4 Strategies to Saving for Your Kid’s College Education (including what I chose)


My three boys will probably all be in college one day.

My wife and I have already made the decision that we won’t be covering all of their tuition costs, but we will make an effort to assist them as long as they are pursuing a degree.

According to a recent Fidelity study, parents plan to cover 62% of their child’s college expenses, but they’re only on track to cover 1/3 of that cost. This suggests that others have similar goals.

We began saving for our first son practically as soon as he was born because we knew that college wasn’t going to get any less expensive, and we’ve done the same with each subsequent son.

Having options, such as saving for your children’s education, is usually good, but many parents struggle to decide what is best for their children.

An abundance of options can be confusing.

The majority of parents have so many other responsibilities to attend to that choosing the finest college savings plan is pushed farther down the priority list.

Parents who are busy should not worry; this post is for you!

Here is a quick overview of the four ways to save money to pay for your children’s college tuition for anyone who is feeling overwhelmed.

1. 529 college savings plan

One of the more well-liked methods of saving for college is the 529 College Savings Plan. According to Fidelity, 33% of Americans currently use a 529 plan, up 18% from five years ago. It’s how I pay for all of my son’s college expenses in my case.

You can read a piece I published about the Illinois 529 College Savings Plan Options if you chance to live in my state. (The “S” is silent, yes.) If not, you should double-check your state to see what options are available.

Your child or grandchild, a niece or nephew, a friend, or even yourself can be saved for with a 529 plan. Some of the fundamentals of the 529 College Savings Plan are as follows:

  1. The annual contribution limit is $14,000 ($28,000 for married couples) without incurring gift taxes. By speeding five years’ worth of investments, you can invest up to $70,000 ($140,000 for married couples) at once under a special election.
  2. Up until your account worth hits $350,000, you may make contributions. (I don’t believe I will object to this.)
  3. Earnings can grow tax-free(Just like the Roth IRA).
  4. Federal taxes are not applied to withdrawals used to pay for eligible higher education costs.
  5. Withdrawals made for non-qualified costs are subject to regular federal income tax and a 10% earnings penalty.
  6. Income restrictions are absent. No matter how much money you make, you can give.
  7. You keep possession of the resources.

We adore the fact that any relative can make a contribution to the 529 plan. We’ll ask them to make a donation to their 529 plan rather than buying our sons more unnecessary goods. That is unquestionably the gift that keeps giving.

2. UGMA/UTMA Custodial Accounts

You can benefit from your child’s lower tax rate while saving for their education by using UGMA/UTMA custodial accounts. Personally, I don’t like these as much due of the control problem. I know how I was at 18, and I don’t anticipate my children to be any more financially mature than I was. If they disprove me, I’ll be glad to be incorrect.

  1. No restrictions apply to contributions.
  2. Avoid paying the kiddie tax. The first $950 of earnings is tax-free for children under the age of 19 and for full-time students under the age of 24 whose earned income is less than half of their support. Earnings under $1,000 are taxed at the child’s rate, while income over $2,000 is subject to the parent’s rate.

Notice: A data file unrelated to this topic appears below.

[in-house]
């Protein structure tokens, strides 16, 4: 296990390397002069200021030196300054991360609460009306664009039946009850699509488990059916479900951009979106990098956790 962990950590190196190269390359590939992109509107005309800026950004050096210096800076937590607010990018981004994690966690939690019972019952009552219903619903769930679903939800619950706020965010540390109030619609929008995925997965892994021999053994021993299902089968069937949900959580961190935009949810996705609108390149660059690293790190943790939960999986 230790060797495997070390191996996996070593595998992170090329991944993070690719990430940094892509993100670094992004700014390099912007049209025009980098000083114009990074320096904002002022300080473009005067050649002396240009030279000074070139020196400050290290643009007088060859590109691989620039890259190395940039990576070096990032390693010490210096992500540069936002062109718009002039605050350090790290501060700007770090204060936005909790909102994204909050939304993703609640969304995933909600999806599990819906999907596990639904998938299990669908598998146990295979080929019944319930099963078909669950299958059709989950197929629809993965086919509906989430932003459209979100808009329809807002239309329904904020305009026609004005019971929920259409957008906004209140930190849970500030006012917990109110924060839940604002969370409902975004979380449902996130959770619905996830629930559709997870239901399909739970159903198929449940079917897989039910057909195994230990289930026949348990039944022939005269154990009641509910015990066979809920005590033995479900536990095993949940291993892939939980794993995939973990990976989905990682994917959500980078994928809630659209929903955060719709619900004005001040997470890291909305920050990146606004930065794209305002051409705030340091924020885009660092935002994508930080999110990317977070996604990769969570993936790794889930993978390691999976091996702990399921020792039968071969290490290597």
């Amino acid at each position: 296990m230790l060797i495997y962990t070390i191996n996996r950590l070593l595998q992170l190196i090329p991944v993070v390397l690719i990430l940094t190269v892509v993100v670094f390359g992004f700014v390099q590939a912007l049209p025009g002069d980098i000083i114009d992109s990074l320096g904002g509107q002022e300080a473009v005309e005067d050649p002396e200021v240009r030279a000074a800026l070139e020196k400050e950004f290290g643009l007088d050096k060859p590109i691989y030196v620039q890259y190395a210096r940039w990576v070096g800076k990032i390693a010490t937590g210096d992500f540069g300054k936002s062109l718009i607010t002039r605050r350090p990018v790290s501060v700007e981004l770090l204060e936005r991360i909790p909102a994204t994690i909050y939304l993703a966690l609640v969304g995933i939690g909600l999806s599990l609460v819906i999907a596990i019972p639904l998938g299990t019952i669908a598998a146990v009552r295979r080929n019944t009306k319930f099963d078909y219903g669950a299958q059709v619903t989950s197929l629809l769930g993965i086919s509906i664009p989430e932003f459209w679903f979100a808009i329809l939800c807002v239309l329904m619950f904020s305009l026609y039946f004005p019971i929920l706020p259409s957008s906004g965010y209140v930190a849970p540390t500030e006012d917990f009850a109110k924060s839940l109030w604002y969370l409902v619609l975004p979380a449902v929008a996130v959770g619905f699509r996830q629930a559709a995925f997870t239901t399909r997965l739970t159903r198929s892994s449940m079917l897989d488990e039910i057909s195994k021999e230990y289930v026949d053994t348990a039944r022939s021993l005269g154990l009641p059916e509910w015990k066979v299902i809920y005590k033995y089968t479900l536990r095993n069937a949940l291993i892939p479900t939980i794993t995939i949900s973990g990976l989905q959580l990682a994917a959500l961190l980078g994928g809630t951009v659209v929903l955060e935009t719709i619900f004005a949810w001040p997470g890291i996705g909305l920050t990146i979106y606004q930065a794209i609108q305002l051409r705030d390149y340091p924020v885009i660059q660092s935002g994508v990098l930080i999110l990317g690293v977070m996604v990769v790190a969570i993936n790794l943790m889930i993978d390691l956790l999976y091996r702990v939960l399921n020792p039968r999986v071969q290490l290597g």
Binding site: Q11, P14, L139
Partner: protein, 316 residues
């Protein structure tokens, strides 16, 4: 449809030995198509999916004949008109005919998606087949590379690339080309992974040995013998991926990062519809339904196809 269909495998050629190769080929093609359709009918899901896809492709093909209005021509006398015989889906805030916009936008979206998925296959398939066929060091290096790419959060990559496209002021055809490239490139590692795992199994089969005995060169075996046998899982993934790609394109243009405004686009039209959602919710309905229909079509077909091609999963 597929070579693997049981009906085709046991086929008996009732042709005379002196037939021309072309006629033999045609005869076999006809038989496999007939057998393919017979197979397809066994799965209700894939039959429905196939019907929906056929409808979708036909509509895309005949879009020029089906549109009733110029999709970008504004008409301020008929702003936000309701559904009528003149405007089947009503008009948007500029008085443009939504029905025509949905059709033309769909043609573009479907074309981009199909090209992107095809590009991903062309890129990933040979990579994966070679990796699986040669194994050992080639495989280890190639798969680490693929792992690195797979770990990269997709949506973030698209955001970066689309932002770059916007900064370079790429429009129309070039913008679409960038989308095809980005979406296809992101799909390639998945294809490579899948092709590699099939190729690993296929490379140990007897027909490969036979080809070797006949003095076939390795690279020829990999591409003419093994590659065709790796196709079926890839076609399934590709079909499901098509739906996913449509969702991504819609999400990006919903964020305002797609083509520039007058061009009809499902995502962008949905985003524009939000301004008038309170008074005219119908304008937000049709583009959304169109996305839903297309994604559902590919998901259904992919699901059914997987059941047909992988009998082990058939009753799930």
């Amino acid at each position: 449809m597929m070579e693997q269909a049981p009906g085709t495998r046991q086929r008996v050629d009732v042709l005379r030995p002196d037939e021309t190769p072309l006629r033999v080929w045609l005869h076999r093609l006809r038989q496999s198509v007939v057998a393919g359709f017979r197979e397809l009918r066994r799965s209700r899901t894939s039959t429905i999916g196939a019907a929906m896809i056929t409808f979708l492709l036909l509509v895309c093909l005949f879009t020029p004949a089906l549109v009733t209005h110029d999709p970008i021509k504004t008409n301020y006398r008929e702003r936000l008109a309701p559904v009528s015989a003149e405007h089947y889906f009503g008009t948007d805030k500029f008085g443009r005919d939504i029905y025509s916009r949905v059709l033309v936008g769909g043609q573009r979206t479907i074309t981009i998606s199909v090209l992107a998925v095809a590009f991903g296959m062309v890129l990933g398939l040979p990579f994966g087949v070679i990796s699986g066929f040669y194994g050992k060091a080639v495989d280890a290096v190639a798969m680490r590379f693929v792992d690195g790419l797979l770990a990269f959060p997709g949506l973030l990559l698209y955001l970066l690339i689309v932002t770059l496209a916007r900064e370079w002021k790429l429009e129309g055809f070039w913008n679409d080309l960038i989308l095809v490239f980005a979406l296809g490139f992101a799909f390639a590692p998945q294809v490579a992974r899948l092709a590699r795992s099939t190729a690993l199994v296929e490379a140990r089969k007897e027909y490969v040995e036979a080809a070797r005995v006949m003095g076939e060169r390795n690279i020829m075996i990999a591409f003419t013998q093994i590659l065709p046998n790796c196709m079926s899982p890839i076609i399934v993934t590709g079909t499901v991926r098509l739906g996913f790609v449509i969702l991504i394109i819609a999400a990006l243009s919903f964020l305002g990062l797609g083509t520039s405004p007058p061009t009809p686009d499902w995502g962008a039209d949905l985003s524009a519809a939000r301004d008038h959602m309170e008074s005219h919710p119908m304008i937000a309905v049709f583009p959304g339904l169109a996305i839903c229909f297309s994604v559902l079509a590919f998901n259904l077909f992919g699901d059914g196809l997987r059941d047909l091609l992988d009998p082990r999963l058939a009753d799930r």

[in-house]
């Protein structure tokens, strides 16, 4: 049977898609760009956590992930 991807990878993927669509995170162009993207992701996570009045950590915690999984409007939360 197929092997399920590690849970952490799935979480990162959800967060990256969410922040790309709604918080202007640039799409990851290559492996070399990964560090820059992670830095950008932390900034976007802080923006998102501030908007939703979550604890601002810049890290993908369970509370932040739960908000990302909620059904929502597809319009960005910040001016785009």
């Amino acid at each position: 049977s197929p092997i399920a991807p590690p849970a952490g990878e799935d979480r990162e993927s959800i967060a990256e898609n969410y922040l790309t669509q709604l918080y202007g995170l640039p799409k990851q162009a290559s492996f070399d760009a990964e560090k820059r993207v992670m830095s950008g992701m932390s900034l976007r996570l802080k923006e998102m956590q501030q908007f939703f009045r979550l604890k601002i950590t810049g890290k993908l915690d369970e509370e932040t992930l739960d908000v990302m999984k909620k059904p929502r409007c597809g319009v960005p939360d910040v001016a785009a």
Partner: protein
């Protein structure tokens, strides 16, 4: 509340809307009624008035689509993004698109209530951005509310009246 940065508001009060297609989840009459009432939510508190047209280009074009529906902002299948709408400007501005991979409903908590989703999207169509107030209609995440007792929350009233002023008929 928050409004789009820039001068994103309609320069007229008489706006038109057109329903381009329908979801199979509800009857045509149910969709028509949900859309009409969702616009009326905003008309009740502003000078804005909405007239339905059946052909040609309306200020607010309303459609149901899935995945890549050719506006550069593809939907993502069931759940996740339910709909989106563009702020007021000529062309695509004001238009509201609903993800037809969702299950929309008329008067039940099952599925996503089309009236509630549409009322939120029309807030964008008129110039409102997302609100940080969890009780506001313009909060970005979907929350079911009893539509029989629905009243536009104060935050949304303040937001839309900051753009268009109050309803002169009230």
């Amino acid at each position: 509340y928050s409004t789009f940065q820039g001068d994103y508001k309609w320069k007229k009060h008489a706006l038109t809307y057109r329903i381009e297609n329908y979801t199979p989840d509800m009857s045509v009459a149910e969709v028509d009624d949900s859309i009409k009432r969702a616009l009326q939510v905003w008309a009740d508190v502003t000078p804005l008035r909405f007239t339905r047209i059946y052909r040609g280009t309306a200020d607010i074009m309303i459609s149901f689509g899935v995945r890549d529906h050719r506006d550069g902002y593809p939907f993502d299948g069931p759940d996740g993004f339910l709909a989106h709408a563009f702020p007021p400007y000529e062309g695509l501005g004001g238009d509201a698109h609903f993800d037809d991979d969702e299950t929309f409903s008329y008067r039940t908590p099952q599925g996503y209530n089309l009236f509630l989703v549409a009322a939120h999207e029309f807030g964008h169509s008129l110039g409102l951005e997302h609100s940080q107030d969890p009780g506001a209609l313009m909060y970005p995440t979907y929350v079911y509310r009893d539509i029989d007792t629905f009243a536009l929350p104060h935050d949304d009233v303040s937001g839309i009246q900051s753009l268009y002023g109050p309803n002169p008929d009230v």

3. There are no income limits. No matter how much money you make, you can give.
  4. At the age of majority, which is typically 18 or 21 years old, the beneficiary is given ownership of the assets.

I have bought my children’s stock via a custodial account. In order to provide my first son with a stock to follow when he gets older, I purchased one share each of Nike and Under Armour. With my other two boys, I intend to do the same.

3. Your Own Investment Account

You have the most control over the assets when you save for your child’s education through your own investing account. Setting up a joint (or individual) account with a brokerage company and investing in mutual funds or individual equities would be this.

Even while you undoubtedly have greater control over your finances, you’ll still have to pay taxes every year.

  1. No restrictions apply to contributions.
  2. The owner is taxed on earnings.
  3. There are no income limits. No matter how much money you make, you can give.
  4. You continue to be in charge of the assets and make the timing of withdrawals.

4. Your Roth IRA

You might be thinking, “A Roth IRA is for retirement, not college savings,” and I get that. Yes, that is accurate. I’ve come across a few instances when people put off investing for their own retirement because they are so passionate about saving for their children’s college.

By using a Roth IRA, you can be sure that you are saving for retirement and that you can withdraw your contributions tax-free if your child decides to enroll in school.

  1. Can only make an annual contribution of $5,500 ($6,500 if over 50)
  2. There are Roth IRA phaseout limits, often known as income restrictions.
  3. You determine when to take money out and have control over the assets.

Since there are no further taxes on the money once you retire, I am a BIG supporter of Roth IRAs. If you have never opened a Roth, visit my post on the Best Places to Open a Roth IRA to learn more about all of your top possibilities.

That should help you start saving for college, I hope.


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